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‘The strategy has not changed’: Hogan Lovells holds steady after end of Shearman merger talks

‘Has the strategy changed? The short answer is: no, it hasn’t.’

That was the message from Hogan Lovells chief executive Miguel Zaldivar, who spoke to Legal Business alongside deputy chief executive Michael Davison about the firm’s strategy after its proposed merger with Shearman & Sterling fell through recently.

Zaldivar (pictured) and Davison’s comments echoed those they made to Legal Business upon the release of the firm’s 2022 financials in late February.

‘We’re ready to grow’, said Zaldivar. ‘We’re ready to consolidate our market position in our four engines.’ Alongside those four core offices in London, Washington DC, Paris, and Germany, the firm also aims to expand in three key US markets. ‘We said in 2020 that our priorities include a focus on growth in three markets: New York, Texas, and California. And that remains true.’

The firm aims to focus on the tech sector in California and on energy and life sciences in Texas.  New York, meanwhile, is a potential fifth engine, with Zaldivar highlighting its importance as a financial hub. ‘New York is linked to our commitment to the financial industry, where we think we can grow more, to build on our strengths in London. It’s a natural bridge that can further connect what we do in Europe to what we do in the US.’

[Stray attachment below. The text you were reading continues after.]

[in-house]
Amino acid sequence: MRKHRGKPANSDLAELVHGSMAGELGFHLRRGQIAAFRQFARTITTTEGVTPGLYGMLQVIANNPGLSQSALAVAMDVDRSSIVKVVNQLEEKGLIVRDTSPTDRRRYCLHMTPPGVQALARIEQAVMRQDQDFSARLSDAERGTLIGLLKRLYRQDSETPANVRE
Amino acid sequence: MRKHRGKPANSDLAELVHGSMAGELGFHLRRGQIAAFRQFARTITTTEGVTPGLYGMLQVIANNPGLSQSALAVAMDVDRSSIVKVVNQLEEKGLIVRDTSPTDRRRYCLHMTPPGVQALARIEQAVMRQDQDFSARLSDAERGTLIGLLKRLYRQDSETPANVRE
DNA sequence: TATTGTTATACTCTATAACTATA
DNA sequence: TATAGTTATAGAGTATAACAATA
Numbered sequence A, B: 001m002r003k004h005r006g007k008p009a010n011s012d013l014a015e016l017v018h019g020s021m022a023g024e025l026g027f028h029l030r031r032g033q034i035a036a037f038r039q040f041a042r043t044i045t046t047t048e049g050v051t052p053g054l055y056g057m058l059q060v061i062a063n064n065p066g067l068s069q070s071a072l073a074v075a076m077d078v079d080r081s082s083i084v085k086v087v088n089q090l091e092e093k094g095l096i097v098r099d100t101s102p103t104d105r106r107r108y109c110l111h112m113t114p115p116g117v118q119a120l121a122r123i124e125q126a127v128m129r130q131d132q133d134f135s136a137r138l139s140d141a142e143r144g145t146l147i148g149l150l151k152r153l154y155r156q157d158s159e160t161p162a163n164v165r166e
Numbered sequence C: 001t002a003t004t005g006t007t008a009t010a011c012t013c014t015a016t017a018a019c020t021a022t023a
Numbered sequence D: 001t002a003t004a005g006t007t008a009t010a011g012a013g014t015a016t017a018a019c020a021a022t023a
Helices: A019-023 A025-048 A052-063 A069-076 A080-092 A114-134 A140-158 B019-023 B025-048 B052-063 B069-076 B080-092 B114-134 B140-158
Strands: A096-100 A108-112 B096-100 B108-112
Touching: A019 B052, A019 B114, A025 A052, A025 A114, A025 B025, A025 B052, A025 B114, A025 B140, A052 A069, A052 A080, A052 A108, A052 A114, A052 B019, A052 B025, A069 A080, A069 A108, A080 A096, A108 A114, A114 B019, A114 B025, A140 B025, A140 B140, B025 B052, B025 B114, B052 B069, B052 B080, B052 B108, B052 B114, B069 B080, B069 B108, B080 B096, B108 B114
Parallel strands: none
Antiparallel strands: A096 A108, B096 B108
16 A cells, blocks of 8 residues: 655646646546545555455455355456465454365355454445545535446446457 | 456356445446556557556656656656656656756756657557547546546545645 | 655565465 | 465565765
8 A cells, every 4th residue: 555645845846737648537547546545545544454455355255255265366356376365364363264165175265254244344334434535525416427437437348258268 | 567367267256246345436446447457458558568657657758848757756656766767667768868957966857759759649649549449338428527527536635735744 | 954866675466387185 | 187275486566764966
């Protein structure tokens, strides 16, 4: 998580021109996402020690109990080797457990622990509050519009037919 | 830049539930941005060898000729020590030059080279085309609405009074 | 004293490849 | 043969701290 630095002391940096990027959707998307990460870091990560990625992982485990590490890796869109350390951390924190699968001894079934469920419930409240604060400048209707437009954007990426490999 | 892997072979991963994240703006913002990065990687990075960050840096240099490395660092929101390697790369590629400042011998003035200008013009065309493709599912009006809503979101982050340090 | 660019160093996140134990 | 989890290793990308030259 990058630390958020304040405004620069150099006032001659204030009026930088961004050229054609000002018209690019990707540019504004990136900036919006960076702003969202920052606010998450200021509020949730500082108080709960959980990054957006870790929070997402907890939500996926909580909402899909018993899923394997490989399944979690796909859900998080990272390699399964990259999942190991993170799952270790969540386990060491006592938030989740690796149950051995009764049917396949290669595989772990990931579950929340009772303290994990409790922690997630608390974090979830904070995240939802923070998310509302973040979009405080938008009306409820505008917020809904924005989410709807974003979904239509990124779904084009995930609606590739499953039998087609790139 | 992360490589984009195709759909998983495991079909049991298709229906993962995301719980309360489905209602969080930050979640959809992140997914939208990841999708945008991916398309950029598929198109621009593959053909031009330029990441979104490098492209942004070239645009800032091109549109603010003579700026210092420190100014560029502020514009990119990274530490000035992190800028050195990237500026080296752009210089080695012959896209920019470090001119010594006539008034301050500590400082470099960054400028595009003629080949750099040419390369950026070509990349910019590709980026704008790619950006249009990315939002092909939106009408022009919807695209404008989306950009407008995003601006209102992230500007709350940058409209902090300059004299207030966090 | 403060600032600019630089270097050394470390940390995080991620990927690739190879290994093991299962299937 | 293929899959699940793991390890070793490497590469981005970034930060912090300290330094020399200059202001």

Neither Zaldivar nor  Davison would comment on  the motivations behind the proposed merger with Shearman or what caused the discussions. But it is easy to see what might have been attractive about the prospect of a combination with a long-established Wall Street firm.

Still, Hogan Lovells has no intention of altering its ambitions. ‘Ideally’, said Zaldivar, ‘we would achieve a greater critical mass in New York by combining with going concerns. It doesn’t have to be an entire firm. We’re open to any option that we can explore. If it’s an opportunity to grow in one of our five key industry sectors, and in the regions that we focus on in our business plan, we will explore that.’

This resolve makes sense for Hogan Lovells, perhaps in a way that it would not for Shearman. The Wall Street firm saw significant attrition as rumours of the merger percolated through the market, losing four partners in London alone in January and February 2023. Last week it announced that it had accelerated its transition to a new senior partner, with current global managing partner Adam Hakki due to take over from David Beveridge after a formal election later in the year. Shearman has been keen to present this move as merely a slight adjustment, bringing forward a change that was already on the cards. Nonetheless, many in the market have read this as a pivot.

Hogan Lovells, for its part, has suffered no such losses, and a source with knowledge of the firm said the end of merger talks has prompted little disappointment among its London partners. Despite a 7% drop, Hogan Lovells’ revenues in 2022 remained comfortably above the $2bn mark, at $2.43bn, the firm’s second-best year, behind only 2021.

‘The strategy has not changed’, said Davison. ‘And we’re still very focused on delivering it.’